That's just crazy-talk. How is a compiler supposed to know your intention? All it sees is the code you write. If you tell it to do something the hard way how is it supposed to know that you didn't do that on purpose?

ieee488:
I am not a computer science major.

+= is used for arithmetic

in the case of + when used with strings, polymorphism comes into play and + becomes concatenation of strings.

Or for Arduino String objects where that particular function is implemented for string concatenation.

Hmm. If you overload "operator+" to handle string concatenation, does that get used for "+=" as well, or do you have to provide a separate overload of "operator+="?

Is the OP going to give us hints as to what these "different outputs" actually are?

Serial.print(F("Hello") + F("Goodbye"));

String x = F("Hello") + F("Goodbye");

Those don't even compile, do they? You can't add two pointers together, and there's nothing to tell the compiler that it should convert them to Strings just so that the add will make sense...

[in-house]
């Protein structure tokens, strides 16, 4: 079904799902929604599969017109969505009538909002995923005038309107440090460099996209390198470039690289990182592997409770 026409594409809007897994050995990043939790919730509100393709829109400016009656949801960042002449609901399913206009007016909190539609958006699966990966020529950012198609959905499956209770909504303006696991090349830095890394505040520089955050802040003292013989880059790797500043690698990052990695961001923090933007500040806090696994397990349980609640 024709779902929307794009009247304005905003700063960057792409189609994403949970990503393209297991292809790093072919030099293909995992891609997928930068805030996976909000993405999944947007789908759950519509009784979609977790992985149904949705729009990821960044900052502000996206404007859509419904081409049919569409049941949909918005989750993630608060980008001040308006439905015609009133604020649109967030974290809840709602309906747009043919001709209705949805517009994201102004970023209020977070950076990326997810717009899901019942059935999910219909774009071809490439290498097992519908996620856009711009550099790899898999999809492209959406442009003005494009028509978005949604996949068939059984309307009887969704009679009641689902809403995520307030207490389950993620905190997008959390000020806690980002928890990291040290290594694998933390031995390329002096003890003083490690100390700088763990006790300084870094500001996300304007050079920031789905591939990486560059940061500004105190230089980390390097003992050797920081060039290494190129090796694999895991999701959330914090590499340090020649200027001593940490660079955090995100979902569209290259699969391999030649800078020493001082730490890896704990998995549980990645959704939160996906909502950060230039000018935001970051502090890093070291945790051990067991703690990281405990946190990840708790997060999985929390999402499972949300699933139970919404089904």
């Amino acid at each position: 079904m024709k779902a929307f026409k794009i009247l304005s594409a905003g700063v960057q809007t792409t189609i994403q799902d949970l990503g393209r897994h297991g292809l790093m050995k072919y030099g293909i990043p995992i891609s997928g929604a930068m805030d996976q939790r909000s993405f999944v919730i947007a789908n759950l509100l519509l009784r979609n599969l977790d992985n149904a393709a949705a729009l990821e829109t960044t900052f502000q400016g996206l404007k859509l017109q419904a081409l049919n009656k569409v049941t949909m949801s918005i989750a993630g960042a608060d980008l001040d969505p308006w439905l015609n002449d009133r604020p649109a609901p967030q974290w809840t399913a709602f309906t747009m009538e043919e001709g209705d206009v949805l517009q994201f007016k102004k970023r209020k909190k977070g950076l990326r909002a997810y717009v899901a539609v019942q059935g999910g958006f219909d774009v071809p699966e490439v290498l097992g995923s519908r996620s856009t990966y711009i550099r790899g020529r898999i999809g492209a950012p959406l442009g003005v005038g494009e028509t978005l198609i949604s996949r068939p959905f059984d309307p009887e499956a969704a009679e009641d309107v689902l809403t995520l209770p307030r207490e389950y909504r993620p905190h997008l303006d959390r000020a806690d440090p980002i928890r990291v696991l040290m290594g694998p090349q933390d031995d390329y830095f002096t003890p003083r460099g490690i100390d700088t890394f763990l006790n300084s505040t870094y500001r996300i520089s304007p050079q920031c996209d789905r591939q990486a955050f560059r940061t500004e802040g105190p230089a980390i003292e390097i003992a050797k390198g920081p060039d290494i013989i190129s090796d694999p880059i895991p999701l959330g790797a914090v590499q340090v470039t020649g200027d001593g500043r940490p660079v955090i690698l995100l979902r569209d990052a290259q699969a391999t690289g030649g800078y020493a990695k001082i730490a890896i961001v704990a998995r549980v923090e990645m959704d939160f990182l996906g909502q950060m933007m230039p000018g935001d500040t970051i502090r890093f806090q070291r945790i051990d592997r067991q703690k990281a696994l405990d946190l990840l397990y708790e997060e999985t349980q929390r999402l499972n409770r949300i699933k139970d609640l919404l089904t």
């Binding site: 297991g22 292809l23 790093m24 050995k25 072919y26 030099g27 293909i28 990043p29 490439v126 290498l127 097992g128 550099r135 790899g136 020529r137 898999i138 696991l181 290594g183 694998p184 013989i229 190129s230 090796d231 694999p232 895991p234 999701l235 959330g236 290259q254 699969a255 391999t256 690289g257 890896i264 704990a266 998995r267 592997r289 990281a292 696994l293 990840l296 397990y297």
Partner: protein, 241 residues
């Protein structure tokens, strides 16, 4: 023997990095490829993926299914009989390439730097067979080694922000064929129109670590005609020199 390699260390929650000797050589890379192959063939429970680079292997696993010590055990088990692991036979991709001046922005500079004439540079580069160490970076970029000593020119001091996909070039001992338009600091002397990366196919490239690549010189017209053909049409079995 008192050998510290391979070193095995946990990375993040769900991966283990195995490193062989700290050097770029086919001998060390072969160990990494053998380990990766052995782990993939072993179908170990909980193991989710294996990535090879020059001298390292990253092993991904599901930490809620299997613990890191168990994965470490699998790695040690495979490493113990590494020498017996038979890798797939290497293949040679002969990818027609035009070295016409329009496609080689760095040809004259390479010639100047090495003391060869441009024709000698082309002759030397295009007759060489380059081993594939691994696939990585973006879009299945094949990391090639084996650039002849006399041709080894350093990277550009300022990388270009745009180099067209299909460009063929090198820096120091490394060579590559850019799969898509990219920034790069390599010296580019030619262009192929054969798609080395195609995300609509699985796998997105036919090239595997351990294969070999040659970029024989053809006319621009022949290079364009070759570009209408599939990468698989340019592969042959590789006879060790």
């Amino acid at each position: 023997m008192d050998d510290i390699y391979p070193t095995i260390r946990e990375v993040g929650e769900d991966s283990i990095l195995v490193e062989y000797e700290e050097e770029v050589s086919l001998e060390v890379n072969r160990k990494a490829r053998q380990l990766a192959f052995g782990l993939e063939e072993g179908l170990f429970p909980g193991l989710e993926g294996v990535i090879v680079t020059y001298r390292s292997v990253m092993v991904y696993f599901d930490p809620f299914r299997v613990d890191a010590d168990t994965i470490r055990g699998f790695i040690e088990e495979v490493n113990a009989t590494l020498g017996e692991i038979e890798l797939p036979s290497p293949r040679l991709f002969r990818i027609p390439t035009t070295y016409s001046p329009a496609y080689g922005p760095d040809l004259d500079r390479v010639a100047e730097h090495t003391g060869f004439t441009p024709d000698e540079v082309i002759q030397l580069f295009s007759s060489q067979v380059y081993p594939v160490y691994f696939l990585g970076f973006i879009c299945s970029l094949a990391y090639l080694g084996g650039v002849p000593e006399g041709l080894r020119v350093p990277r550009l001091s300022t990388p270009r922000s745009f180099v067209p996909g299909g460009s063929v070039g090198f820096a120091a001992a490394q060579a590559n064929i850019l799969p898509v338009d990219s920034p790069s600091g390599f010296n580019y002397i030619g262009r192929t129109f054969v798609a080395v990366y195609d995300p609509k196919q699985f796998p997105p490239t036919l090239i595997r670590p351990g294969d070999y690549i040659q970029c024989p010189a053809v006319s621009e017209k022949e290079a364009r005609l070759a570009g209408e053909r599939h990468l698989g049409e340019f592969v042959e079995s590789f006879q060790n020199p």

String x = F("Hello");

x += F("Goodbye");

And that one's a bit ridiculous: "I will save RAM by putting my string literals in flash, and then I will waste RAM by converting them to Strings so that I can concatenate them!"

Serial.print(F("HelloGoodbye"));

Serial.print(F("Hello"));
Serial.print(F("Goodbye"));

Those should be the same, though...

westfw:
Hmm. If you overload "operator+" to handle string concatenation, does that get used for "+=" as well, or do you have to provide a separate overload of "operator+="?

"+" and "+=" are two different operators so each must be implemented on their own.

westfw:
Those should be the same, though...

Nope, you have two calls to F() in the latter and that will result in larger code than a single call. Reason being that F() is a macro and a macro is basically code that must be copied by the compiler and more code = bigger program. :slight_smile:

i notice you have used (F("blah"))(F("blah"))
what is the f for?

devcoder:
i notice you have used (F("blah"))

(F("blah"))

what is the f for?

It's amazing what Google finds Arduino Playground - Memory